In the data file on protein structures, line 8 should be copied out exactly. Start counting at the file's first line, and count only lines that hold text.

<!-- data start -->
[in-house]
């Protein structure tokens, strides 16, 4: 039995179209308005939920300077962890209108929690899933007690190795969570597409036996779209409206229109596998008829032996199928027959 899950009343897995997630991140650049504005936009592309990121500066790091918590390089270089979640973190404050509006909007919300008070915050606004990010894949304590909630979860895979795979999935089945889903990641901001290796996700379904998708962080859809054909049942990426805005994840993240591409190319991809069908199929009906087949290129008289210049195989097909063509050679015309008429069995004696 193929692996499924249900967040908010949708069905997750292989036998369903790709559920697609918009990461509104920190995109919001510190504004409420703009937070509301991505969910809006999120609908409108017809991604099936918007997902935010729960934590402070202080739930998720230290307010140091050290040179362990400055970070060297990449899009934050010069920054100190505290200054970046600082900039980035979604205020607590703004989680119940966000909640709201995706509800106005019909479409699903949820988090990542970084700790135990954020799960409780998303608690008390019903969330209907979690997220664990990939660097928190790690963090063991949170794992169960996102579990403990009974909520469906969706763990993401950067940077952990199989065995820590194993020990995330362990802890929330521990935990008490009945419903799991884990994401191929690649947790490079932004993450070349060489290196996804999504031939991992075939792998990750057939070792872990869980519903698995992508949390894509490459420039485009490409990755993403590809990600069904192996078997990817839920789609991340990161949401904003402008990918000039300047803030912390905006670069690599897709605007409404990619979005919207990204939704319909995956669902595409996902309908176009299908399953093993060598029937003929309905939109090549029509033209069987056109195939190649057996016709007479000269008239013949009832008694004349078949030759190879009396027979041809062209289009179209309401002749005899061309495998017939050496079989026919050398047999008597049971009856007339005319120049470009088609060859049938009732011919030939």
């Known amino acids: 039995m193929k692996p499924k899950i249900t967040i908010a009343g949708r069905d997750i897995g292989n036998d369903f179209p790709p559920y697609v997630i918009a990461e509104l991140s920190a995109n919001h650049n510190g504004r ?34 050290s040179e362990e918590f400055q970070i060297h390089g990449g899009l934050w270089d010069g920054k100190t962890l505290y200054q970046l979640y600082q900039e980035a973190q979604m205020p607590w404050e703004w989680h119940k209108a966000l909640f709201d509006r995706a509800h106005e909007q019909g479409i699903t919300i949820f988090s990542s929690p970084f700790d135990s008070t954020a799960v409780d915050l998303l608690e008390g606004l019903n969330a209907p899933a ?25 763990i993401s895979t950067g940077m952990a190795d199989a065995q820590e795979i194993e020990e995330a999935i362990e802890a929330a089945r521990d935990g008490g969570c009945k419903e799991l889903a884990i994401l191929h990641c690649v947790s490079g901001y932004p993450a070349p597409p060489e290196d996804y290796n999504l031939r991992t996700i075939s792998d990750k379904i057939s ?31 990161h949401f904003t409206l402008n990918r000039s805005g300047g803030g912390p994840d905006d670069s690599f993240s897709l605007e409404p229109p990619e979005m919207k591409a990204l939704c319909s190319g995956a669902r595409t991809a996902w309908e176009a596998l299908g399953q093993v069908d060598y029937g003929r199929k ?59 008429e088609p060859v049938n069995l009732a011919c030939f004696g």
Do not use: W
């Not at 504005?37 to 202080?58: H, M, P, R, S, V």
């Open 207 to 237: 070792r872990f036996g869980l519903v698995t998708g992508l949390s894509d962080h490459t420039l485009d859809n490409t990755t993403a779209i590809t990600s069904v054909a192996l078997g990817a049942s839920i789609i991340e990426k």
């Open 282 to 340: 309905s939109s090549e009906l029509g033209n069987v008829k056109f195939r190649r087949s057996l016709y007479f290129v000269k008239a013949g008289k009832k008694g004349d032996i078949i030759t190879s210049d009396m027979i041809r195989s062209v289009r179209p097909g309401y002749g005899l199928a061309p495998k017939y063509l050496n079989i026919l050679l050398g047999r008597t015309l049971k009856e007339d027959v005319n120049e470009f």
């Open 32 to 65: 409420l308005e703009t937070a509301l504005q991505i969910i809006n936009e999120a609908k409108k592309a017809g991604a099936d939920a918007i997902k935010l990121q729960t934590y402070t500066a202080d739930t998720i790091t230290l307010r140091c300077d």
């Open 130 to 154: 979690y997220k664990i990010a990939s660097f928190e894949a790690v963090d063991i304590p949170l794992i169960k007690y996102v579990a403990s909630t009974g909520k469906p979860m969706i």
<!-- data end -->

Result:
């Open 32 to 65: 409420l308005e703009t937070a509301l504005q991505i969910i809006n936009e999120a609908k409108k592309a017809g991604a099936d939920a918007i997902k935010l990121q729960t934590y402070t500066a202080d739930t998720i790091t230290l307010r140091c300077d």